National / Politics

LDP backs away from election promise of 'free education' election promise

by Eric Johnston

Staff Writer

Ruling Liberal Democratic Party lawmakers tasked with drawing up proposed constitutional amendments approved a plan Tuesday that does not include a guarantee to make all education free.

The LDP’s decision comes as the party continues to debate proposed revisions, with an aim toward presenting a final bill to the regular Diet session next spring. That prospect looks increasingly difficult given the complexity of the debate and concern from other party members about rushing deliberations, as well as reluctance from coalition partner Komeito.

Some Komeito members have expressed concern over amending the Constitution to establish provisions for free education, saying that the issue can be dealt with through normal parliamentary procedures.

“I don’t necessarily think that we have to revise the Constitution,” Komeito head Natsuo Yamaguchi told reporters Tuesday.

The LDP’s decision to drop a specific mention of making education free has angered Osaka-based Nippon Ishin no Kai, which has long supported the measure. The party’s own proposal for constitutional revision specifically states that education from kindergarten through high school should be free of charge. The party also proposes an amendment with specific language to guarantee that nobody will be deprived of such education due to economic reasons.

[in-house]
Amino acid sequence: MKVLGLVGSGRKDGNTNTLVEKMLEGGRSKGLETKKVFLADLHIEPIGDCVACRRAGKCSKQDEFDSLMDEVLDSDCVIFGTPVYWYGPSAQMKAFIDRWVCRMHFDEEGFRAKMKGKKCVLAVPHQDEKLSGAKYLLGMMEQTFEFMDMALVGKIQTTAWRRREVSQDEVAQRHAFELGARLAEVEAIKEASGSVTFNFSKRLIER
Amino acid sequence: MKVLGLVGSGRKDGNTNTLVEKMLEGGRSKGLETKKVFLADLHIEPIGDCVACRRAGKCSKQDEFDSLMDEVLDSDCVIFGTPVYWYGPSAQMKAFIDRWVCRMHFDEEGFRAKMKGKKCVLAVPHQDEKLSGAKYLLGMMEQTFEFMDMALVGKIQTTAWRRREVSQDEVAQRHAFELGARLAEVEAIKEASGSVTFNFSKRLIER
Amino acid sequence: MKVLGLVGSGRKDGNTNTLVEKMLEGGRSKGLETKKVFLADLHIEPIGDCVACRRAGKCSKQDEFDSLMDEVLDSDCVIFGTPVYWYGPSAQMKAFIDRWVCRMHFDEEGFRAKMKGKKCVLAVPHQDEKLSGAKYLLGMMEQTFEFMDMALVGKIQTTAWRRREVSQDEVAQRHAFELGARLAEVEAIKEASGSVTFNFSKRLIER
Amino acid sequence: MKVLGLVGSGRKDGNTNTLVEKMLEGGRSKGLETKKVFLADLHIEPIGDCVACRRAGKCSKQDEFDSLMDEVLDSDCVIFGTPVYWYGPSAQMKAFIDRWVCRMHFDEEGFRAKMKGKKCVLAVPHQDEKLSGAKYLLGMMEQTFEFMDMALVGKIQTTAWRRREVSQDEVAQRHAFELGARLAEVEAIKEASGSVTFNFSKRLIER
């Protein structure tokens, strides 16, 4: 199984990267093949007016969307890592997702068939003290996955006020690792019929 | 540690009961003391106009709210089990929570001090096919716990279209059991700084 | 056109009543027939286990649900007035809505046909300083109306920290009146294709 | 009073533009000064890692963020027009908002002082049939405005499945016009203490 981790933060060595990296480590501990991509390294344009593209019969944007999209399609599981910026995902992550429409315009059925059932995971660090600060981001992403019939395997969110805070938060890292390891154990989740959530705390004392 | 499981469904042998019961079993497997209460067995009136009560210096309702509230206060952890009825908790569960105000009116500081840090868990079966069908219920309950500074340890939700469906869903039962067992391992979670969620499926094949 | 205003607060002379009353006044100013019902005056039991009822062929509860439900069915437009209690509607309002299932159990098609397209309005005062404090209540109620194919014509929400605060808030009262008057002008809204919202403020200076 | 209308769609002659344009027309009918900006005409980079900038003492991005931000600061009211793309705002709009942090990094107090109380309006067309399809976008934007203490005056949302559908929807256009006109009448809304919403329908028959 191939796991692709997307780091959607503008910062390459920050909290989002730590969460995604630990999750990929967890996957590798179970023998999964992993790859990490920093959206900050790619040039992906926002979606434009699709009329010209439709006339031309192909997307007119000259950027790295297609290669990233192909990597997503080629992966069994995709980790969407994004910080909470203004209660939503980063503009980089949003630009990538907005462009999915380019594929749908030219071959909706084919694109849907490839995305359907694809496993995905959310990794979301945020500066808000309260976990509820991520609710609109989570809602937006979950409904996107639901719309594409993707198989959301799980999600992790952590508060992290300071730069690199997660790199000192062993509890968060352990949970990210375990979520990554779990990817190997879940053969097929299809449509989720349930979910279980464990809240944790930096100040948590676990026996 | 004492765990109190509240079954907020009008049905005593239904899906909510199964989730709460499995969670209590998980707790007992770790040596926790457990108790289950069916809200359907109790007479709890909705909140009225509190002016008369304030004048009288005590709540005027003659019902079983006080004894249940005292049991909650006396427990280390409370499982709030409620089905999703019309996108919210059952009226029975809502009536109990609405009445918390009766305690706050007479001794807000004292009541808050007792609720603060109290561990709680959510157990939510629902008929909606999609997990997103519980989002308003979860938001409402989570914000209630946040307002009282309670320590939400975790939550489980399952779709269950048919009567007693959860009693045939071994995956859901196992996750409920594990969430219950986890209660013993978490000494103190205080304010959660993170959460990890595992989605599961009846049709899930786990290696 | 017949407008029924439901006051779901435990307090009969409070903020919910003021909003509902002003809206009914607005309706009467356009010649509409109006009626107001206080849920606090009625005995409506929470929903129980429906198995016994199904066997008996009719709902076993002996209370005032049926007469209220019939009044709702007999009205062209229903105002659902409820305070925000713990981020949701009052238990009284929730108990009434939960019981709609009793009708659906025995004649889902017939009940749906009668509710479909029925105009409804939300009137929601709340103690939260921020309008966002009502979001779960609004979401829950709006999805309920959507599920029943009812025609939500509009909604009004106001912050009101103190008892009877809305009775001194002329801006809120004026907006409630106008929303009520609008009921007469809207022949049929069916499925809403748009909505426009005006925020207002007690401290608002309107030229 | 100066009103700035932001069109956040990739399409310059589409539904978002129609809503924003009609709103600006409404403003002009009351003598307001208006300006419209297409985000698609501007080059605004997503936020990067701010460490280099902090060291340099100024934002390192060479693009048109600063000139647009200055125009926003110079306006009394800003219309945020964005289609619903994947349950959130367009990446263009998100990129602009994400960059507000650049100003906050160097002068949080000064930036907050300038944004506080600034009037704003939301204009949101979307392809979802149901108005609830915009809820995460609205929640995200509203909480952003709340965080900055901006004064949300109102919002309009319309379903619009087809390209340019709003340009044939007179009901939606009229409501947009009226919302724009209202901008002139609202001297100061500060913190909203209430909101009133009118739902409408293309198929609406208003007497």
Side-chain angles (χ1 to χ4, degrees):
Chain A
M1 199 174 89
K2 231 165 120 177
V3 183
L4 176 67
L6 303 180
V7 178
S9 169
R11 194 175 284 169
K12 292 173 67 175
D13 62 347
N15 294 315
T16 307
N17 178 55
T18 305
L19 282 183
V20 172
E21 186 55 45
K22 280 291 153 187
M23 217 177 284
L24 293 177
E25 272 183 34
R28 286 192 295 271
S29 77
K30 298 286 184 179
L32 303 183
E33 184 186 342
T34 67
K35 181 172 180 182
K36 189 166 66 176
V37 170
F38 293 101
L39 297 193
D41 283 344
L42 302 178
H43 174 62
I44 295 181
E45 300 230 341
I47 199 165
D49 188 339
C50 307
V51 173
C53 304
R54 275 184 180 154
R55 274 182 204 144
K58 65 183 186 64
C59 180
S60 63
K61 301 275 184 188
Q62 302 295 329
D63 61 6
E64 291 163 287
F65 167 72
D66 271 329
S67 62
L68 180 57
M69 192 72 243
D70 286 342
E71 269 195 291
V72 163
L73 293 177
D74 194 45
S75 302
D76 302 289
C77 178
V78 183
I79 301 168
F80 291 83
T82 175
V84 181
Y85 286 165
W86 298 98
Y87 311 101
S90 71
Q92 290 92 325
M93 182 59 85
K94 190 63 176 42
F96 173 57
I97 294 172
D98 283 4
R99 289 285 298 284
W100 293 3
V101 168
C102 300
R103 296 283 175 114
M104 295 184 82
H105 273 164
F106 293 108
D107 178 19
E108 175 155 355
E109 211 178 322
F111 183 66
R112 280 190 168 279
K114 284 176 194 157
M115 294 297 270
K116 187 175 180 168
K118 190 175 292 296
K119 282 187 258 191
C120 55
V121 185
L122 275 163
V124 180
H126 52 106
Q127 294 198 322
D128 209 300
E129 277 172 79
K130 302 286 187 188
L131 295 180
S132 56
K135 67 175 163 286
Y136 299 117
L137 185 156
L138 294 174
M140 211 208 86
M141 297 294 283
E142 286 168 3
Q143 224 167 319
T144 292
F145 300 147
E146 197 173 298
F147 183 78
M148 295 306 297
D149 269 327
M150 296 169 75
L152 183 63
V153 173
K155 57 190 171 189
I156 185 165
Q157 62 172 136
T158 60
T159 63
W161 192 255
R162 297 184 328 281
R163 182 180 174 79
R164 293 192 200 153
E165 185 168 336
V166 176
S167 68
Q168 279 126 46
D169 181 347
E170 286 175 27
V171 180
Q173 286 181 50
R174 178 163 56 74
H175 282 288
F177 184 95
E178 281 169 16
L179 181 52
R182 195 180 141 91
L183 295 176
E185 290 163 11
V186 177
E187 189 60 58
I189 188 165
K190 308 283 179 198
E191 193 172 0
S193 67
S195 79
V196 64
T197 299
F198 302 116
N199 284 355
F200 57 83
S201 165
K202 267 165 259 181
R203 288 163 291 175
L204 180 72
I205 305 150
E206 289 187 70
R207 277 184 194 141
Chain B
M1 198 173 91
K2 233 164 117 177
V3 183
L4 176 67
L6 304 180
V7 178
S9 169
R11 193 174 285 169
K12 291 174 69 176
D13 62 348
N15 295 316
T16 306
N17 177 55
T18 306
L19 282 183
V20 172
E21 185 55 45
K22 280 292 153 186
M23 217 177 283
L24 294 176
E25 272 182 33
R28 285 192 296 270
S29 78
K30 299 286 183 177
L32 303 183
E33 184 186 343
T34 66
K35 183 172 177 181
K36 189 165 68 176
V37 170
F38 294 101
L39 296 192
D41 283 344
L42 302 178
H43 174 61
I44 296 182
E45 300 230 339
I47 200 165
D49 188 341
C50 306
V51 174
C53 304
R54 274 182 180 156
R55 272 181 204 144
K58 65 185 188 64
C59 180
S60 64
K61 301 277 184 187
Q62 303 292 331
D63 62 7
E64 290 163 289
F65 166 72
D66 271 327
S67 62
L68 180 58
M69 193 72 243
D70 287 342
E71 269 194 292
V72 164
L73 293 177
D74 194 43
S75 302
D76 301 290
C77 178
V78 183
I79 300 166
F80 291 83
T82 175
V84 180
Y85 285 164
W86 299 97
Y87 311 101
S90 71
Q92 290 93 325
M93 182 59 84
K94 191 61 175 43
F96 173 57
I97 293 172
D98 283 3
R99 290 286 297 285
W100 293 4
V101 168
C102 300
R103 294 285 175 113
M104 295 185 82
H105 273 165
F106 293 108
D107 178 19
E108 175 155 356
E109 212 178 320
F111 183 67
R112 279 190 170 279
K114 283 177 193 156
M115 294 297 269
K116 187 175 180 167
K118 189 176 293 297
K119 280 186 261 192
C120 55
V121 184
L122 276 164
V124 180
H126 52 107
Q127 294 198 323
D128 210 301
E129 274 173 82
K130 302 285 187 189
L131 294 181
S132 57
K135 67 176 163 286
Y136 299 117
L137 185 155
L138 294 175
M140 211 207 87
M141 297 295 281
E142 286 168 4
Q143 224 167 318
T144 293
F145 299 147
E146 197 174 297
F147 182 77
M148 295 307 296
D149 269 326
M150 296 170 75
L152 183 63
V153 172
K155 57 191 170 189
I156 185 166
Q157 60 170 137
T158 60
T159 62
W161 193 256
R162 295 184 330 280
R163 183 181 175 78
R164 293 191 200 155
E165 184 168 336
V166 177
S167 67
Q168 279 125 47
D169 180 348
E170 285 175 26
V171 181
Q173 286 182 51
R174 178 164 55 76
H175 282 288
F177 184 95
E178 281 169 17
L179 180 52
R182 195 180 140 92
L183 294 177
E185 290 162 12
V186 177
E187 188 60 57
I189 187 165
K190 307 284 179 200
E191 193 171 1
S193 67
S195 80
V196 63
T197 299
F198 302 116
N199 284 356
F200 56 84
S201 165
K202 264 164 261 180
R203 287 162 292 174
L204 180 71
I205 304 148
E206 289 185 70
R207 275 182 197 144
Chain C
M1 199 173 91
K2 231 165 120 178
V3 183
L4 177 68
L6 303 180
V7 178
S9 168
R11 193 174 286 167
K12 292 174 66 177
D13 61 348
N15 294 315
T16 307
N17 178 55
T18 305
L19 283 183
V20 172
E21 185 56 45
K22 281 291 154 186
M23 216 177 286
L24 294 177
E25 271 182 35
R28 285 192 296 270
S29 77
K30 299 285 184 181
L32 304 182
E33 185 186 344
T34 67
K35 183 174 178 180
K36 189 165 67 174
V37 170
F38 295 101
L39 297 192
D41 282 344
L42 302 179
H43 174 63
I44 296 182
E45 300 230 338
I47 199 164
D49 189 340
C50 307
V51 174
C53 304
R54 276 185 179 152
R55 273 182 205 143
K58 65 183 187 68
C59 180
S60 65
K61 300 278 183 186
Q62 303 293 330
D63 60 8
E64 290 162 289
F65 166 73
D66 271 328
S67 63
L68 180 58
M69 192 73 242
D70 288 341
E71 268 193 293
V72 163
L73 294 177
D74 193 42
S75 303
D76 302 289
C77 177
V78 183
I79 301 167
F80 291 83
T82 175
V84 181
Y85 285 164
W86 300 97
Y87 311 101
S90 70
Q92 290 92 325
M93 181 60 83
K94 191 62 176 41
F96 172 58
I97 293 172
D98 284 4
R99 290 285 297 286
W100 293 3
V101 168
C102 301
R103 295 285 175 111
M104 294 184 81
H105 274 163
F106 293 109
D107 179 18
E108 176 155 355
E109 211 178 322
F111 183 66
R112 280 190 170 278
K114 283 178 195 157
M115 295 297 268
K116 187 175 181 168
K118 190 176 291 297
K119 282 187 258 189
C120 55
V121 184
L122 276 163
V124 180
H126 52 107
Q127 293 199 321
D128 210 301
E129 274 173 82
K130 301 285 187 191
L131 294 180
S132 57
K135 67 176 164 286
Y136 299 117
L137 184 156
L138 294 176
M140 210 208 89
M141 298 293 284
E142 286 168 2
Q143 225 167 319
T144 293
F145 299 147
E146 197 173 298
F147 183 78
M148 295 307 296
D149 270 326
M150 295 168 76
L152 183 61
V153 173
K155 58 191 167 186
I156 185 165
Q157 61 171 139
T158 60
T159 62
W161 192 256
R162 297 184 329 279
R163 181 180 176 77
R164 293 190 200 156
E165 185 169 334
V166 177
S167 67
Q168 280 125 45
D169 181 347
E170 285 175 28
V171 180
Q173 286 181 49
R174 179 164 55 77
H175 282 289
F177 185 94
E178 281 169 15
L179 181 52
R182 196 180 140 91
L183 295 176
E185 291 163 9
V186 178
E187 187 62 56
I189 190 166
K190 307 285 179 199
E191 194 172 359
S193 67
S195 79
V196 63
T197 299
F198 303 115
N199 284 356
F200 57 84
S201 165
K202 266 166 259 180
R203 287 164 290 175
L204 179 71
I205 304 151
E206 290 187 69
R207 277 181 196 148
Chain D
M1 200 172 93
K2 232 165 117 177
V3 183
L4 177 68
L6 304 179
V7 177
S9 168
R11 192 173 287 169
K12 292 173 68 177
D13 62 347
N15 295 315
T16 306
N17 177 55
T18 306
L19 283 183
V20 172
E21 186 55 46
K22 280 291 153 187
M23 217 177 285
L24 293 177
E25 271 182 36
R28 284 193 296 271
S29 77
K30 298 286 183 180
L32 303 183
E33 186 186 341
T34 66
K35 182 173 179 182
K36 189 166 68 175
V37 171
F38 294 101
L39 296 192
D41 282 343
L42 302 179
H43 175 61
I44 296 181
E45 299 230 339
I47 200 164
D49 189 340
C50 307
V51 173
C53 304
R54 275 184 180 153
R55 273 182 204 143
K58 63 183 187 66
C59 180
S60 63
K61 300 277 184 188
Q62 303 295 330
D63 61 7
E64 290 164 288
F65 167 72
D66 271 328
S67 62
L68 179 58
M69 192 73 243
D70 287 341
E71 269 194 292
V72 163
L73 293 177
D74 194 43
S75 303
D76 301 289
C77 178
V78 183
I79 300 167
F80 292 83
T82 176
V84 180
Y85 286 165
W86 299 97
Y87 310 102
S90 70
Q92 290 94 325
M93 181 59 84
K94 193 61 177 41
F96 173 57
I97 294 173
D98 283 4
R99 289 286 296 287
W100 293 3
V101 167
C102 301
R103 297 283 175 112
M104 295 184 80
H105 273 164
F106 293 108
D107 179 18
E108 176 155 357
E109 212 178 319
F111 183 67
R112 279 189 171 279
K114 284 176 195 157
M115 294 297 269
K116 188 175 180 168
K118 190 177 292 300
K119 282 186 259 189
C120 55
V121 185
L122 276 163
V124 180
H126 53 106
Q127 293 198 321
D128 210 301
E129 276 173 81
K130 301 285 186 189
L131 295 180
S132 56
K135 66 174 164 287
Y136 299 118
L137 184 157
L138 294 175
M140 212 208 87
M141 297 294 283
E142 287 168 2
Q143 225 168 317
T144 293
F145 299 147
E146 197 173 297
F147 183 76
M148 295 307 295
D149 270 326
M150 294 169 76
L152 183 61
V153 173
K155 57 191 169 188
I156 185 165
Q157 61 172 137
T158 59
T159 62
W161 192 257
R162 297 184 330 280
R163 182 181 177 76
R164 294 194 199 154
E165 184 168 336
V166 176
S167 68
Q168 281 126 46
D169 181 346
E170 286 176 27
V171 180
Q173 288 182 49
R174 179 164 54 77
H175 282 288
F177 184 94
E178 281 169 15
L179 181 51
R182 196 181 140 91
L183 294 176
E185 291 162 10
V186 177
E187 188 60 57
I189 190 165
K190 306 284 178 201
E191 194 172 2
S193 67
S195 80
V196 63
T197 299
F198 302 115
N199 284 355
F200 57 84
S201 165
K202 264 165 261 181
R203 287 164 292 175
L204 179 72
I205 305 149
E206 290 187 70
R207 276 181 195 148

Article 26 of the current Constitution states that “all people shall have the right to receive an equal education correspondent to their ability, as provided by law. All people shall be obligated to have all boys and girls under their protection receive ordinary education as provided for by law. Such compulsory education shall be free.”

In the Diet, Nippon Ishin’s policy research council chair, Mikio Shimoji, criticized the move, asking whether the LDP would take into account the advice of opposition parties.

For his part, Osaka Gov. Ichiro Matsui, who is also the head of Nippon Ishin, on Tuesday said, “This is a violation of the LDP’s campaign promise. Unless you include the provision for free education in the Constitution, the policy could be revised if there’s a change of government.”

While Nippon Ishin is an opposition party, it is also close to the LDP on most issues and has indicated it favors constitutional revision. Matsui and Prime Minister Shinzo Abe have a good personal relationship. But Nippon Ishin’s losses in the Oct. 22 election left it with only 11 Lower House seats, leading to questions about whether Matsui and the party have much ability to influence the direction of the constitutional debate within the LDP and the Diet as a whole.

Information from Kyodo added